Against the odds, Ukraine has managed to stymie Russia’s invasion so far, but given the overwhelming military firepower at Vladimir Putin’s disposal, it seems likely that Russia will become, in some form, an occupying force. But Yuval Noah Harari argues in The Guardian that the Russians will have a hard time holding the country: “Nations are ultimately built on stories. Each passing day adds more stories that Ukrainians will tell not only in the dark days ahead, but in the decades and generations to come. In the long run, these stories count for more than tanks.”
—Tanner Curl, executive director
In the wrong hands the story of Anna Sorokin would be a cheesy waste of a couple hours … somewhat entertaining, but you’d feel cheated that you just wasted the one commodity you can’t get back; time. But in the right hands … in the hands of master storyteller Shonda Rhimes … the story is a nine-episode binge-worthy gem. Inventing Anna is the close-to-life fictional tale of Sorokin, known to those in New York high society as Anna Delvey, a filthy rich German heiress. The problem (or genius) is, it was all a con. Sorokin, a highly ambitious 20-something, conned her way to the top at almost breakneck speed, fleecing banks, hotels, resorts, you name it. The woman conned her way onto a private jet. What makes the story sing is the portrayal of Sorokin, played by Julia Garner. Yes, that Julia Garner … Ruth from Ozark. That alone makes it worth tuning into the Netflix series.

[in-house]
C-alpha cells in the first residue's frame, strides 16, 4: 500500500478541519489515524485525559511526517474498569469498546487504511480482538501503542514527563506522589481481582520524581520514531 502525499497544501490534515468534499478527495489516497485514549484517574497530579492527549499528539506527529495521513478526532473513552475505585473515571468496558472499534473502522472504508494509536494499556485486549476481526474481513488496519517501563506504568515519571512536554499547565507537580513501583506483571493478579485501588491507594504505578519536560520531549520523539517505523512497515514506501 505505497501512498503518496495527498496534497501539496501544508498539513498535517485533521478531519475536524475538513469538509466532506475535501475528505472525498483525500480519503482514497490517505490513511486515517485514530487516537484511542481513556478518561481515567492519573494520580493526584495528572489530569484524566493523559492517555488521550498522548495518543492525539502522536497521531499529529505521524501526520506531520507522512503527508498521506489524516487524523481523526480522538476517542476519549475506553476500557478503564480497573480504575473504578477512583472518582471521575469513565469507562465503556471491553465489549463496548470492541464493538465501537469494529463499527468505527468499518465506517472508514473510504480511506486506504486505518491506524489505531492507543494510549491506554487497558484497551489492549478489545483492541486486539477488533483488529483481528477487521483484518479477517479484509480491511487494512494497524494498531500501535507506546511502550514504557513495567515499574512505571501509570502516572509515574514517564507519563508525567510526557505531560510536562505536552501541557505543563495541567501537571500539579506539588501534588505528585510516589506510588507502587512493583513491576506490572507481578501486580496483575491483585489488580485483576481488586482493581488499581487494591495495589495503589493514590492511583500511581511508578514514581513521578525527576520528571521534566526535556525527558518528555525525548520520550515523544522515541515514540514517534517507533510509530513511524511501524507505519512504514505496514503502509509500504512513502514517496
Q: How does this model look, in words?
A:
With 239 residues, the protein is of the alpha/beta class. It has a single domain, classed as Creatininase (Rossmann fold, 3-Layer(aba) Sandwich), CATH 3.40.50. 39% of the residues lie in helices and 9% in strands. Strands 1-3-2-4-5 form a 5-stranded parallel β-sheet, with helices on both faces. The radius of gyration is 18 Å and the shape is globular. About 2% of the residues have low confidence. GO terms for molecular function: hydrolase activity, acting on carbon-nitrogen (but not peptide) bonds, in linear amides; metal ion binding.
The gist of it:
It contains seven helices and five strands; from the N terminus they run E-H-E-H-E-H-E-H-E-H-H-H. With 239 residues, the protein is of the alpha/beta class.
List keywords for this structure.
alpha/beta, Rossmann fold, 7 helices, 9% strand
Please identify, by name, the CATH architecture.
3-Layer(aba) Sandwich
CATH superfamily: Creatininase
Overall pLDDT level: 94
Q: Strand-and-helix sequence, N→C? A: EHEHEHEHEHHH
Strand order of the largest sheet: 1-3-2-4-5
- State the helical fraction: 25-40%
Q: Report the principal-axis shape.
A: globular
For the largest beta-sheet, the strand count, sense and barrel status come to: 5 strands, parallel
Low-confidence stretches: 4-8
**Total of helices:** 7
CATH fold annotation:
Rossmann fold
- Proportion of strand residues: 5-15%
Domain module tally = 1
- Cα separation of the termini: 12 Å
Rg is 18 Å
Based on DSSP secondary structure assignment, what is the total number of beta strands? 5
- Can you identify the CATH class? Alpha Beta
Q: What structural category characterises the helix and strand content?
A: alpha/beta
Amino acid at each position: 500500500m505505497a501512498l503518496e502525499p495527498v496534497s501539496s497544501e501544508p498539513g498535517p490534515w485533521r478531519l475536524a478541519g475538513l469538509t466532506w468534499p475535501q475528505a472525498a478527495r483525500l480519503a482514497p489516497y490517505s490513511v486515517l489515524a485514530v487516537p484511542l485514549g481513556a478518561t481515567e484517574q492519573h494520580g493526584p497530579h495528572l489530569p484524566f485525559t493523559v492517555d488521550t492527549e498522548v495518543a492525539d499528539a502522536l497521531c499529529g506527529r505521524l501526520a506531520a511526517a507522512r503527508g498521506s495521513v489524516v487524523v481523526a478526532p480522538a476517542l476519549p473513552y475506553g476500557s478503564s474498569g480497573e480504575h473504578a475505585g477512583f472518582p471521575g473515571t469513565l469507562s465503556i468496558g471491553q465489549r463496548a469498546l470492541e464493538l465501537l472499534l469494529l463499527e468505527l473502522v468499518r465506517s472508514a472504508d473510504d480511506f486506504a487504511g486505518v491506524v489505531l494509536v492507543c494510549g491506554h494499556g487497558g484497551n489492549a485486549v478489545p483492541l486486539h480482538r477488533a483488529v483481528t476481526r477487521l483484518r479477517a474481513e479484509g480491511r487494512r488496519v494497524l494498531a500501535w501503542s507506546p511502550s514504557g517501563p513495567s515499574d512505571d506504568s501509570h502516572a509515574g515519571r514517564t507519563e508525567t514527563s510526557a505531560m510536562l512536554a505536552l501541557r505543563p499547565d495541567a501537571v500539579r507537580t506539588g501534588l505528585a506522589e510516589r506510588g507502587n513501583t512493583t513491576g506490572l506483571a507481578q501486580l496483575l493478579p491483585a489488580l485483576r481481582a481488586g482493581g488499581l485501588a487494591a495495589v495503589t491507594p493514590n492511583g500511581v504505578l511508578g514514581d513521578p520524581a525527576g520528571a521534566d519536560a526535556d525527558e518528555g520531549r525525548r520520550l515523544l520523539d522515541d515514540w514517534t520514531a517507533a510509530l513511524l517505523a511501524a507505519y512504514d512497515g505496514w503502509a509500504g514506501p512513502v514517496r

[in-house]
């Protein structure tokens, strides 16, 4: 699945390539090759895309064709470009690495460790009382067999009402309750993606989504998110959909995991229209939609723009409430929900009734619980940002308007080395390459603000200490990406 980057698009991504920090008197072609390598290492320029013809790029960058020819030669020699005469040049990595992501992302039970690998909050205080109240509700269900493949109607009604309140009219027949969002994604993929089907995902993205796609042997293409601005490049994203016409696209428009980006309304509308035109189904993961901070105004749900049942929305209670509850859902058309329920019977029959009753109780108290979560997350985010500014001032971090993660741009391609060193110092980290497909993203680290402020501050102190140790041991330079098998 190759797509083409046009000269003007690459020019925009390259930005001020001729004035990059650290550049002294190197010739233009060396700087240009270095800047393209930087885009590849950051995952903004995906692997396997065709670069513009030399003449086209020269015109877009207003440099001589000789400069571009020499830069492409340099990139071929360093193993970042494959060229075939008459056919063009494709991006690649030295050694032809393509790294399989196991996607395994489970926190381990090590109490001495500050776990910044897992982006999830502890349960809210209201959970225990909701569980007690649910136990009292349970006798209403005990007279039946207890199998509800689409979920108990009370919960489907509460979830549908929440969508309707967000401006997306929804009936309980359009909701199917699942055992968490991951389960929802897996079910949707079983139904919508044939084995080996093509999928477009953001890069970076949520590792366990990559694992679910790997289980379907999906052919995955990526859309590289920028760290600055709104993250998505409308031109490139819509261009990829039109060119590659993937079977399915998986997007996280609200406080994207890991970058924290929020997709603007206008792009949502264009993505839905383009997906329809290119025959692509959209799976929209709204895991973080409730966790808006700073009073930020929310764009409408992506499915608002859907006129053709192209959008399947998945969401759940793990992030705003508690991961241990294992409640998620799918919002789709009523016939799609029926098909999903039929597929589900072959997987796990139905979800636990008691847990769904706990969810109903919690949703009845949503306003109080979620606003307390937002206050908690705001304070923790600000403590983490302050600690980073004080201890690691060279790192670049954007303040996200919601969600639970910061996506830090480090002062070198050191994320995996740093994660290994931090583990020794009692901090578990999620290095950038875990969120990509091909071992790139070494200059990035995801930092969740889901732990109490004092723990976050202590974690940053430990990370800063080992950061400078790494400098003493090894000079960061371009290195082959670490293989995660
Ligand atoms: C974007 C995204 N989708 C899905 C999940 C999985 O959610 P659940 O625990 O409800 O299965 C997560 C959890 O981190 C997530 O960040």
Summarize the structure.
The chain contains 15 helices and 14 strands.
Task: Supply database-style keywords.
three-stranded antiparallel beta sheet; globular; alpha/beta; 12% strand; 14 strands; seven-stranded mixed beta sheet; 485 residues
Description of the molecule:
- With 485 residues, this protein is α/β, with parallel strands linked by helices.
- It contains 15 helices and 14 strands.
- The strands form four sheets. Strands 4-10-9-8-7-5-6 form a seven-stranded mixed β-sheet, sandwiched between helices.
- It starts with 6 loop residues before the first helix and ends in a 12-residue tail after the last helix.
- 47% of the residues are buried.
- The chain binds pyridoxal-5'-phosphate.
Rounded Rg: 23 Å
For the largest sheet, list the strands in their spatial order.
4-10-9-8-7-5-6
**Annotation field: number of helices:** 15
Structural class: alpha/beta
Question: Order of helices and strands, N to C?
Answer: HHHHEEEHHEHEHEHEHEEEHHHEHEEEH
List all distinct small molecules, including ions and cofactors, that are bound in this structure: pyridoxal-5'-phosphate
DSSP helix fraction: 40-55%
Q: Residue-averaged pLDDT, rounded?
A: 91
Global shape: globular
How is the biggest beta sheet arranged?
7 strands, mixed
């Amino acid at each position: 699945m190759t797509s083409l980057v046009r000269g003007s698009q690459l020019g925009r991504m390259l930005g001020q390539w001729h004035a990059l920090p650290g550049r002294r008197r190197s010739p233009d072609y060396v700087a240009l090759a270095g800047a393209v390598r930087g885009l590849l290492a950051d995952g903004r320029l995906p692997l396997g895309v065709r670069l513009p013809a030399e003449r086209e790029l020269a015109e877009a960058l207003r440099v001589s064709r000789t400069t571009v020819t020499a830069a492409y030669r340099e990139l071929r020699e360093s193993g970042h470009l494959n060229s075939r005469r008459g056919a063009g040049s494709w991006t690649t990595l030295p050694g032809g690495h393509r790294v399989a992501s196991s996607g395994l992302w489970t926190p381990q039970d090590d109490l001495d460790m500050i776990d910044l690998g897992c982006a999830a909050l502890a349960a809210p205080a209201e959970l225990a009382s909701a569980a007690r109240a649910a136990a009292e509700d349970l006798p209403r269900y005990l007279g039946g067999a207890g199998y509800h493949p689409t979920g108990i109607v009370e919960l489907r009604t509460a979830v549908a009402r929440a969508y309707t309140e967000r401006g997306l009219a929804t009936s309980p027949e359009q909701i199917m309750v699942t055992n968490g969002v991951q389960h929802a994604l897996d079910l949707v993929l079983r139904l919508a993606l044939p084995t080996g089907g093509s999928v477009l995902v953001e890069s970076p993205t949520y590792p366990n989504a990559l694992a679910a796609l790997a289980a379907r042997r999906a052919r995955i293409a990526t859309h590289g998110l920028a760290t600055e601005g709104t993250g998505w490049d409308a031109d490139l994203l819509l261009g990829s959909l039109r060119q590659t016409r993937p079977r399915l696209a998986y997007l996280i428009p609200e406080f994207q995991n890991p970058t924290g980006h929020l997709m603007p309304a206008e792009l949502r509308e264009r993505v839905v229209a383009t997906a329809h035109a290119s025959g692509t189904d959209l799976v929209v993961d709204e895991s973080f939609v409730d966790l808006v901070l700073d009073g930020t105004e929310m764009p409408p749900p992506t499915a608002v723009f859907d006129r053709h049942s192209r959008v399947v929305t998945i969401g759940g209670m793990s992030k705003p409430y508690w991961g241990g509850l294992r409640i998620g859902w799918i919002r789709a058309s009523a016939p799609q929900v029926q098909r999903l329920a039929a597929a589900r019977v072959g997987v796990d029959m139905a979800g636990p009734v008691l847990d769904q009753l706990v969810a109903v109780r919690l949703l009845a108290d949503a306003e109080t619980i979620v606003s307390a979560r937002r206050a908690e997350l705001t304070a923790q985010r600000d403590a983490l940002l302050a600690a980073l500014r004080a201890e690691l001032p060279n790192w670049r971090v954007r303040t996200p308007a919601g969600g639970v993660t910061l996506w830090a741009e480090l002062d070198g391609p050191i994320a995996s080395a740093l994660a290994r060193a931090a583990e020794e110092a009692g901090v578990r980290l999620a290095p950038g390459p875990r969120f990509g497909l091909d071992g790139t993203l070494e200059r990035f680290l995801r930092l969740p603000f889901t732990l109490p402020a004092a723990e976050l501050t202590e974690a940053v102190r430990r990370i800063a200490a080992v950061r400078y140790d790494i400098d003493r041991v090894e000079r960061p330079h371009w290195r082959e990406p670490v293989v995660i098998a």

—Harry Colbert, managing editor
The S.S. Central America, carrying California gold-rushers and their profits, sank in 1857 off the coast of South Carolina in a hurricane. Numerous expeditions have recovered millions of dollars of nuggets, ingots and coins, but another treasure among the wreckage has been discovered: an astonishing collection of 19th-century glass plate photographs of the miners, merchants and their families that somehow survived at the bottom of the Atlantic.
—Corey Anderson, creative director
I’ve been a fan (but hopefully not a fanboy) of J. Kenji López-Alt since his Cook’s Illustrated days. He’s been a reliable source of thoughtful cooking information — not just how to make something but why you should do it that way, and what to change if you want a different result. As is abundantly clear from this interview with the New Yorker’s Helen Rosner, López-Alt brings that same thoughtfulness to other aspects of life, and his reflections on having a platform, fatherhood and not being an asshole really spoke to me.
—Tom Nehil, news editor